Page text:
Alexia Martin wrote --
>> What we are trying to do is
to develop the knowledge/skills designations based on core competencies that
have been defined within the context that these organizations are learning
>>As always, the technology is just a tool to operationalize a
philosophy/culture. The culture change is the most difficult.
It is this tying together of something like developing core competencies
with the concepts of learning organisations which interests me the most.
I find the biggest challenge at the moment is to find a bridge across.
The development of core competencies seems fairly straight forward -
provided you have the resources to achieve agreement across the company.
The definition of the core competencies hinges only on the interpretation
of the business objectives.
What I do find difficult to tackle is the cultural change - I was thinking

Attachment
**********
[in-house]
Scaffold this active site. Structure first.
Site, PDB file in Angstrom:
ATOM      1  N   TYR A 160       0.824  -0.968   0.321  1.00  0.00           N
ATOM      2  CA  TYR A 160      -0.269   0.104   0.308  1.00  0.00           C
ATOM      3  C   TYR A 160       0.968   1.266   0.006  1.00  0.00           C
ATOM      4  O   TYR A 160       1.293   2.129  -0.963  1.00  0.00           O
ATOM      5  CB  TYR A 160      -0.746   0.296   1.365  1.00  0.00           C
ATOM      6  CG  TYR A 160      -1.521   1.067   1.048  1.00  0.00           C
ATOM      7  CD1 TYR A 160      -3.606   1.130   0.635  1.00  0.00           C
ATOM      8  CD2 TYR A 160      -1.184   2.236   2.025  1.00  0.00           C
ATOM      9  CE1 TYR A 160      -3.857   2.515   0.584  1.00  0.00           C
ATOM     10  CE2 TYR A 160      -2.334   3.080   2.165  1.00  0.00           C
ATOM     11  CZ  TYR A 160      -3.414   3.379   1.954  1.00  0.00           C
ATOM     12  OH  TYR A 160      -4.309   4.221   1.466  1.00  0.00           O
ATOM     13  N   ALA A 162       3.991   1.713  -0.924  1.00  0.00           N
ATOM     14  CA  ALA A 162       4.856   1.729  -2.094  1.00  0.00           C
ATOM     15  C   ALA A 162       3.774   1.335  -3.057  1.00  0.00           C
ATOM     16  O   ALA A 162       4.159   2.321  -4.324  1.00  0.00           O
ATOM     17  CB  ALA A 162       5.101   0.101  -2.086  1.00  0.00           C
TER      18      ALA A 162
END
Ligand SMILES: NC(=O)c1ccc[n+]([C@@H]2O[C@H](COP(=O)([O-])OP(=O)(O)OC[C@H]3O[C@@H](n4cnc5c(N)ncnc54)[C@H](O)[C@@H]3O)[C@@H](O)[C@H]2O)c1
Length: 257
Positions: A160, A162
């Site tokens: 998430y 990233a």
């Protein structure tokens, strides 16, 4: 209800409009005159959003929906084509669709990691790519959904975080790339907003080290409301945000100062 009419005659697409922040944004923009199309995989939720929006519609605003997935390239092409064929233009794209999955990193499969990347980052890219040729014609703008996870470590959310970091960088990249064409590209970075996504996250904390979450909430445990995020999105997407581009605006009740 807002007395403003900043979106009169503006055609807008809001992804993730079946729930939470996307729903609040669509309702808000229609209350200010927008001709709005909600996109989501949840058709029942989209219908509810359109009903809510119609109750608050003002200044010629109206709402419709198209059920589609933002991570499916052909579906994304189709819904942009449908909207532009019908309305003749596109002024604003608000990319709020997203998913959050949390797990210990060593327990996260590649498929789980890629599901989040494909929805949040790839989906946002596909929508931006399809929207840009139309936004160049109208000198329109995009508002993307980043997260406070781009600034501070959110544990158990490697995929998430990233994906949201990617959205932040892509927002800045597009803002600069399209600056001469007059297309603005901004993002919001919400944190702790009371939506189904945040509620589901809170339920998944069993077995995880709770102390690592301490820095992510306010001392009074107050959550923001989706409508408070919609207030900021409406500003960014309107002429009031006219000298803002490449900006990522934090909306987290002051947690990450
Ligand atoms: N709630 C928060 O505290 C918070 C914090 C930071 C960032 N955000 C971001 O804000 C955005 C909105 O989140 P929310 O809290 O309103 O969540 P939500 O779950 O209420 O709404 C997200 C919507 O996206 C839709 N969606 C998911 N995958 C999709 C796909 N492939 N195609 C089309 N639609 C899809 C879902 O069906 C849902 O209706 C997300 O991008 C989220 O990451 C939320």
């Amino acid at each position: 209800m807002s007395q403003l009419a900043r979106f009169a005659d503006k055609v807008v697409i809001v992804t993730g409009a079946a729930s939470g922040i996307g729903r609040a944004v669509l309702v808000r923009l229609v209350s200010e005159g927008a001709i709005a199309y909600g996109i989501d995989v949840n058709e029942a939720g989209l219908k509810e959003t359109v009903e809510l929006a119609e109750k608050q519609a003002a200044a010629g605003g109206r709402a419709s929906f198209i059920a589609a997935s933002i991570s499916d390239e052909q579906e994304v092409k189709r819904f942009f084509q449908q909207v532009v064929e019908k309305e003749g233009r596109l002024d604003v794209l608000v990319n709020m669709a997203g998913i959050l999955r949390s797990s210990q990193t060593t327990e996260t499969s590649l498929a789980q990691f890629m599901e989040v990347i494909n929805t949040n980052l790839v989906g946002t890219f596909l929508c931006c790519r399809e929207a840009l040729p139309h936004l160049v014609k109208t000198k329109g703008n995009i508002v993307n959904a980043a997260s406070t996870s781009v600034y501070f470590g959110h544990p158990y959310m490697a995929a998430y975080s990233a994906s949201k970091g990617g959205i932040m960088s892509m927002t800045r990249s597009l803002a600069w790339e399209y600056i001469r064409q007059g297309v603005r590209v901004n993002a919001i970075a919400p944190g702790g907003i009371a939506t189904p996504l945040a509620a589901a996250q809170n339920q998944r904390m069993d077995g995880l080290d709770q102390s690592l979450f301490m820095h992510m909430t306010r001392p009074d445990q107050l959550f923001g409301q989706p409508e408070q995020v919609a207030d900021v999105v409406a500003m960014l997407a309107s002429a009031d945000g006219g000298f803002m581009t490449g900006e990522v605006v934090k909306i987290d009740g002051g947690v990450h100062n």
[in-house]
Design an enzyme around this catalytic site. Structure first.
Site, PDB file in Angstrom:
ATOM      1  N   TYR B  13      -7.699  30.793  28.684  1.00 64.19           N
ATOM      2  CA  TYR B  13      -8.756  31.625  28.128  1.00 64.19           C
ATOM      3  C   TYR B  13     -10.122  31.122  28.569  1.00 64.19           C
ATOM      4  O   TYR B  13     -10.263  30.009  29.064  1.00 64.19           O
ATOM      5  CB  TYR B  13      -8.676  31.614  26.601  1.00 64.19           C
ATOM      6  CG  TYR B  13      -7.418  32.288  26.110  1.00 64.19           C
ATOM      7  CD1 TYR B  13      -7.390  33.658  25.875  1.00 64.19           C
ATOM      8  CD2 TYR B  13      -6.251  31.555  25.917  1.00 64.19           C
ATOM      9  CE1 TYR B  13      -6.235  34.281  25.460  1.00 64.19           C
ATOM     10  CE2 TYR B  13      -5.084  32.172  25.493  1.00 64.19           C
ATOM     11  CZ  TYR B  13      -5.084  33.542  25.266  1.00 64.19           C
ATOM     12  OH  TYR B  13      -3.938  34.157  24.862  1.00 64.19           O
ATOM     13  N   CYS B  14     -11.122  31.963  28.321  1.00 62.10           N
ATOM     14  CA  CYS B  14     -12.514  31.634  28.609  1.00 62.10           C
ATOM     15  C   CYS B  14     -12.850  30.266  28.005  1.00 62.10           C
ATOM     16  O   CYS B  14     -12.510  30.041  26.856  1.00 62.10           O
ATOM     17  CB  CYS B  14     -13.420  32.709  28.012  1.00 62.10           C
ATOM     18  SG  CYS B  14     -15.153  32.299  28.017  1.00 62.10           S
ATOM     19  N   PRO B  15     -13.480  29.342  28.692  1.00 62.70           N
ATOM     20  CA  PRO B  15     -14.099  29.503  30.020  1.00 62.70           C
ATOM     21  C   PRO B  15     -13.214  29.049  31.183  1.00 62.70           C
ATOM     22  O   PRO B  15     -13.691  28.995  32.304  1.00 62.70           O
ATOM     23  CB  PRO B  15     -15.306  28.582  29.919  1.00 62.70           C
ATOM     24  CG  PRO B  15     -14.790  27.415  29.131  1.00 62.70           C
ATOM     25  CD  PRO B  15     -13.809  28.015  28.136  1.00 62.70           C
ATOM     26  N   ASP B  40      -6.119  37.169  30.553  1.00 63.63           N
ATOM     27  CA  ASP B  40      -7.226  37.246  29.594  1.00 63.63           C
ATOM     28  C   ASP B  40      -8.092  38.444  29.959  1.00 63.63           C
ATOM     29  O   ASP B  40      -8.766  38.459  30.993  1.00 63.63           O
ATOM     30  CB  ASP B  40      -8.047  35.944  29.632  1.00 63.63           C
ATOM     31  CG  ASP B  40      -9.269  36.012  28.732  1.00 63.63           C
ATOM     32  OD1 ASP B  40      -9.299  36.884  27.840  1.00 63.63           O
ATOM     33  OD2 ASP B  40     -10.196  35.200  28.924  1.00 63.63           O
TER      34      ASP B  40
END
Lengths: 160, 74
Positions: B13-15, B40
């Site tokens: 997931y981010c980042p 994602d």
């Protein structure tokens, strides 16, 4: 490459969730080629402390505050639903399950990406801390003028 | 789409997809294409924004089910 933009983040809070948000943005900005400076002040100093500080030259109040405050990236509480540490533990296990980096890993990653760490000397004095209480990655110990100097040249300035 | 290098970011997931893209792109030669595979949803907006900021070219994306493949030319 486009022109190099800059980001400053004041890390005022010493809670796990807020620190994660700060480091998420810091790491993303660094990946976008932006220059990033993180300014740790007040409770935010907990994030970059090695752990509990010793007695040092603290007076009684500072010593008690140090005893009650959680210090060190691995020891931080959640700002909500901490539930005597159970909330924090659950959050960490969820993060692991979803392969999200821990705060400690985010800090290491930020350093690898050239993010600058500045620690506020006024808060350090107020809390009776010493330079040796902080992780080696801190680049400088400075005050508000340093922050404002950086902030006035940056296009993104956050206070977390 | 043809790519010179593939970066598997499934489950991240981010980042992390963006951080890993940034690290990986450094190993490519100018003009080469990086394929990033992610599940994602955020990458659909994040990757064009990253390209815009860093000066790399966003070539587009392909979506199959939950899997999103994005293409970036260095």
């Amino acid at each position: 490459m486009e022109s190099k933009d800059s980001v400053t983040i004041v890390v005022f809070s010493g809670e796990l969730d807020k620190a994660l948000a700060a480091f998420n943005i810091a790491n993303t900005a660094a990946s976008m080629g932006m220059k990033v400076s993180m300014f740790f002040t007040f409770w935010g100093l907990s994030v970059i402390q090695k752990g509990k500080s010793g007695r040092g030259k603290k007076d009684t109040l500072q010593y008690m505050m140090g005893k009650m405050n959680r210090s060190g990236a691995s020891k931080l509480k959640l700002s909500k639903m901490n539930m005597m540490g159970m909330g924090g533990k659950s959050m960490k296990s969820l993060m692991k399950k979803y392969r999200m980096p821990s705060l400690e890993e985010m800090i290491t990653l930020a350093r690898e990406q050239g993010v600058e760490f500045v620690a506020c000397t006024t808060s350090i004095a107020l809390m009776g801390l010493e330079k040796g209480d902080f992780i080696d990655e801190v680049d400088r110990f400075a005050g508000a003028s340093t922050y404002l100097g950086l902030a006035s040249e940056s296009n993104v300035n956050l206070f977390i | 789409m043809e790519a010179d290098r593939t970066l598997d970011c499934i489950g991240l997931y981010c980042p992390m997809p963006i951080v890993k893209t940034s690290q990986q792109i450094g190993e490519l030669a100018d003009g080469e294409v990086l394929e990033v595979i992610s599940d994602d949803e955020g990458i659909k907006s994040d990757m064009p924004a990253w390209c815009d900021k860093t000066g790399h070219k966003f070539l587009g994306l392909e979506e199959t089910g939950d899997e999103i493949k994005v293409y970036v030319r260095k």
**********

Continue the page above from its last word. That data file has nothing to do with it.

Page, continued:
about constructing a learning program and start it off by building
learning teams as the first stage of the program. I hoped that any
subsequent learning (ie courses etc.) would then be undertaken in the
spirit of enquiry and enthusiasm for continuously improving upon the
culture the teams had been exposed to. Will this planting of small seeds
naturally grow through out the organisation? I doubt somehow that it will
be enough to give the impetus for continued growth. The small seed
approach is the one I would like to take but I'm not sure how to expand it
Perhaps I am attempting too much by trying to implement an education
program and changing the culture at the same time. I just don't see the
sense in dumping a learning program into a culture that has not yet begun
-- Maria Ivancic firstname.lastname@example.org